Travis d'Arnaud clears his head in Vegas, then clears Citi Field fences

Travis d'Arnaud of the Mets follows through on Travis d'Arnaud of the Mets follows through on a third-inning, three-run home run against the Oakland Athletics at Citi Field on Tuesday, June 24, 2014. Photo Credit: Jim McIsaac

advertisement | advertise on newsday

David Lennon David Lennon has been a staff writer for

David Lennon has been a staff writer for Newsday since 1991, when he started covering New York City ...

For 10 minutes or so, Travis d'Arnaud stood in front of his locker before yesterday's game at Citi Field and told us he had figured everything out.

I'm good, d'Arnaud said.

The 16 days in Vegas? Consider it an extended spa weekend, a chance to clear his mind, get his head on straight.

"I had a long conversation with myself in the mirror," d'Arnaud said.

And, um, what did you guys talk about, Travis?

"That's between me, myself and I," he said. "It's something that I definitely needed."

advertisement | advertise on newsday

We didn't have to see a transcript to get the idea. Because what happened to d'Arnaud happens all the time to 25-year-olds carrying the weight of humongous expectations on their shoulders.

They can get overwhelmed. And once a youngster like d'Arnaud gets sucked into that vortex of doubt, they often wind up in some Triple-A outpost like Vegas or Scranton or Pawtucket. To d'Arnaud's credit, he didn't stay long in the desert.

And after raking in the Pacific Coast League, d'Arnaud quickly proved that it wasn't a mirage by launching a three-run homer off Scott Kazmir in the third inning of Tuesday's 10-1 rout of the A's.

Welcome back, indeed.

"I just forgot how fun this game really was," d'Arnaud said afterward.

Kazmir handled d'Arnaud with relative ease in the first at-bat by throwing nothing but fastballs and striking him out on four pitches. But in the next meeting, Kazmir tried to sneak a 75-mph changeup past d'Arnaud, who smacked it for a long home run that landed about 10 rows deep in the leftfield seats.

Being demoted stinks. But the pressure upon returning is no picnic, either. Not only was d'Arnaud resilient enough to take advantage of the Vegas wake-up call, he realized that the biggest obstacle during the first two months had been himself.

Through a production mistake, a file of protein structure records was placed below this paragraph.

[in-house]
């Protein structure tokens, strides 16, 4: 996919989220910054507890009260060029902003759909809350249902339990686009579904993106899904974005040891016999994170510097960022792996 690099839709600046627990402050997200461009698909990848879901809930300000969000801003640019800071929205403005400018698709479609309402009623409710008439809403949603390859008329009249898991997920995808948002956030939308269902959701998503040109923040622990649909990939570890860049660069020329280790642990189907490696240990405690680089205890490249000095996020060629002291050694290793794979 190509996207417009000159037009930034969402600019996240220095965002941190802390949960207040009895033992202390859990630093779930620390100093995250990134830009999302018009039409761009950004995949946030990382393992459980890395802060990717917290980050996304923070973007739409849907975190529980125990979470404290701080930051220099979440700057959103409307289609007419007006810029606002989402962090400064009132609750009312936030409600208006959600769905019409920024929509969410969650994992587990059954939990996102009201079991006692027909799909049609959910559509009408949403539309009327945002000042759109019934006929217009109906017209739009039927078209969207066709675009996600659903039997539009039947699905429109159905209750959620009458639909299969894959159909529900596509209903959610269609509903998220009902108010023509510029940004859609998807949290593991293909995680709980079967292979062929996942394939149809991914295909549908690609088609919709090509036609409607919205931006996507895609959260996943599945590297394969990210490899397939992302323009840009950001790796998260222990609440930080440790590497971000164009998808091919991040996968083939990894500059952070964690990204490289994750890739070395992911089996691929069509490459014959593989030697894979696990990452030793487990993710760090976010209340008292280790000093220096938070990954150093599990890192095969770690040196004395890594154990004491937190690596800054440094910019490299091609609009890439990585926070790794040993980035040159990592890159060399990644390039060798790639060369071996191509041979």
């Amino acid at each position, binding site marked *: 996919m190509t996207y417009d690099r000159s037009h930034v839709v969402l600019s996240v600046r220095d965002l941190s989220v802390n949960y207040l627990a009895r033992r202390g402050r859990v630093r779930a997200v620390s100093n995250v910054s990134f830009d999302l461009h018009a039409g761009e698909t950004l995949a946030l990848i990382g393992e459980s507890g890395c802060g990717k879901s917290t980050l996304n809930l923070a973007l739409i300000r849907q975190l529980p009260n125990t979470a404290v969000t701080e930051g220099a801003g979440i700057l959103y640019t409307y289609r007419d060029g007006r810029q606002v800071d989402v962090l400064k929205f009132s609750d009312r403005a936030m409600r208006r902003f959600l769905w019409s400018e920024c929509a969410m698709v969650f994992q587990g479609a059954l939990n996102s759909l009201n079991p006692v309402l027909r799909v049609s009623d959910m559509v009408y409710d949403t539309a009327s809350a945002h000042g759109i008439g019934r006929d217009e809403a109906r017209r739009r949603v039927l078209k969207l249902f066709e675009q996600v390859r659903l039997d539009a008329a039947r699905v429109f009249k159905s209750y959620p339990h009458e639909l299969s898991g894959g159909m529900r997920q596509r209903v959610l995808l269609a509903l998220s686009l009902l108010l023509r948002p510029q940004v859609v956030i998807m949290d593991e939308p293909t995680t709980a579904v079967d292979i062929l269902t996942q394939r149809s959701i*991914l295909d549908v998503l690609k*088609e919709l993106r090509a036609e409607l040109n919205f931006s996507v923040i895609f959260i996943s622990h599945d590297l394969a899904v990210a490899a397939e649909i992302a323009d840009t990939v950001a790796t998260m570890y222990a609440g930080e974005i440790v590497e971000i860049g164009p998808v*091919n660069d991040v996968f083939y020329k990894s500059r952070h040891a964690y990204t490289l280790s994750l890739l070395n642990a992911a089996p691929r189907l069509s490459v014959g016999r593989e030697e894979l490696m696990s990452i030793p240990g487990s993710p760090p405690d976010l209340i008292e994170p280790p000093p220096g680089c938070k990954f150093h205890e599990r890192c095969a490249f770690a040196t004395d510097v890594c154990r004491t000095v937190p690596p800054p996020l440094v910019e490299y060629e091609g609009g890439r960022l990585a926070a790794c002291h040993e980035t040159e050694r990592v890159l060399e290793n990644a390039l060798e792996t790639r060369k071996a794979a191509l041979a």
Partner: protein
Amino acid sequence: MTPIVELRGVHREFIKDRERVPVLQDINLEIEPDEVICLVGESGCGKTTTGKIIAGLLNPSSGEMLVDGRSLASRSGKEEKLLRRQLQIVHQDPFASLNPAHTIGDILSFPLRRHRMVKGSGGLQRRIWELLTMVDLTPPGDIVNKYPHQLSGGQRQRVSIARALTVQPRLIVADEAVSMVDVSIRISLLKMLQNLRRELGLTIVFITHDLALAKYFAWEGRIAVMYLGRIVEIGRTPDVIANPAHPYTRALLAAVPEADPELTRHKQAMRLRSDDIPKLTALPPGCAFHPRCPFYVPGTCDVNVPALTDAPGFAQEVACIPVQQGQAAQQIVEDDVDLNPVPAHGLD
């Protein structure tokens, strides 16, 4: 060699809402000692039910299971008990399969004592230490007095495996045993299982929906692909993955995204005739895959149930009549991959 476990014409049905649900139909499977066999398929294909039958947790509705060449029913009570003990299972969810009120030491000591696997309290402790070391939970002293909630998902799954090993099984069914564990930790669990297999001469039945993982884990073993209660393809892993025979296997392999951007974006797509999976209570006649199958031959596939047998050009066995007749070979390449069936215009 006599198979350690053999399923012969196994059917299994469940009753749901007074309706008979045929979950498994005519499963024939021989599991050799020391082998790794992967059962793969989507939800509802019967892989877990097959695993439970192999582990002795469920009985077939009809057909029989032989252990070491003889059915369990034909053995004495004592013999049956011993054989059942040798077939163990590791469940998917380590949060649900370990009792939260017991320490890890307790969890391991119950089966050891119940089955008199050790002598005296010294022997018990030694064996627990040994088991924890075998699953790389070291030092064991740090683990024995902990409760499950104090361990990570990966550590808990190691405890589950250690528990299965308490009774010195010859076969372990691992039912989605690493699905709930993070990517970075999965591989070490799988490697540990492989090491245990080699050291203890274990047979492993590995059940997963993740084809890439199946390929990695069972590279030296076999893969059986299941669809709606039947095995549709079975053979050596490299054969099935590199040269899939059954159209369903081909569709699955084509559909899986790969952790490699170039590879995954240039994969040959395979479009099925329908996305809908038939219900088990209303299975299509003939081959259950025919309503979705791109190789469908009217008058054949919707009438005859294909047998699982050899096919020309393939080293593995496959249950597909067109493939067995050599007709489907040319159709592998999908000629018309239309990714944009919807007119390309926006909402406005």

"It was 95 percent mental," d'Arnaud said before the game. "Five percent was physical and technical. I feel like I'm in a good place now."

It's better than Cashman Field, but getting d'Arnaud out of there wasn't entirely up to the Mets. It was d'Arnaud who forced Sandy Alderson's hand by showing that the PCL was too easy. He batted .436 (24-for-55) with eight doubles and six homers in 15 games.

Say what you want about the thin air and hitter-friendly parks of the PCL, d'Arnaud's numbers screamed for a promotion. And the Mets, a team starved for offense, couldn't let that type of streak fizzle out by the Strip somewhere.

advertisement | advertise on newsday

But was it legit? They had no way to be sure. When the Mets demoted d'Arnaud on June 7, he was batting .180 and even admitted that his subpar performance was "unacceptable."

That couldn't continue. And when Terry Collins was told Tuesday afternoon that d'Arnaud claimed to be fixed upon his return, the manager wasn't completely convinced himself. Not yet anyway.

"I have no idea what goes on between the ears with players," Collins said before the game. "They're told all the right things in my opinion. They've got to apply it. But it's all about playing with confidence. And if you have that, you can do a lot of things."

Collins had reason to be skeptical after seeing d'Arnaud struggle for so long. Plus, as a young catcher, d'Arnaud had plenty on his plate. Their primary job is to be the caretaker of the pitching staff, to sit in on meetings, to study film of opposing hitters and go over game plans. Any spare time can be used for their own batting practice.

Now, it seems, maybe d'Arnaud has found a better balance between his two jobs. He'll always be saddled with the task of being the guy who was traded for R.A. Dickey -- and at this point, he's still ahead of Noah Syndergaard, the other key piece in that deal.

advertisement | advertise on newsday

But d'Arnaud also knows he doesn't have to cram a career into a day, a week or a month. A few more nights like Tuesday, and he won't have to worry about Vegas for a while. Or people questioning the can't-miss label he arrived with in Flushing.

"I'm not putting any pressure on myself," d'Arnaud said. "I'm just going to go out and play."

There was a time when the Mets believed that would be enough. Now with d'Arnaud back, they're hoping it is again.

You also may be interested in: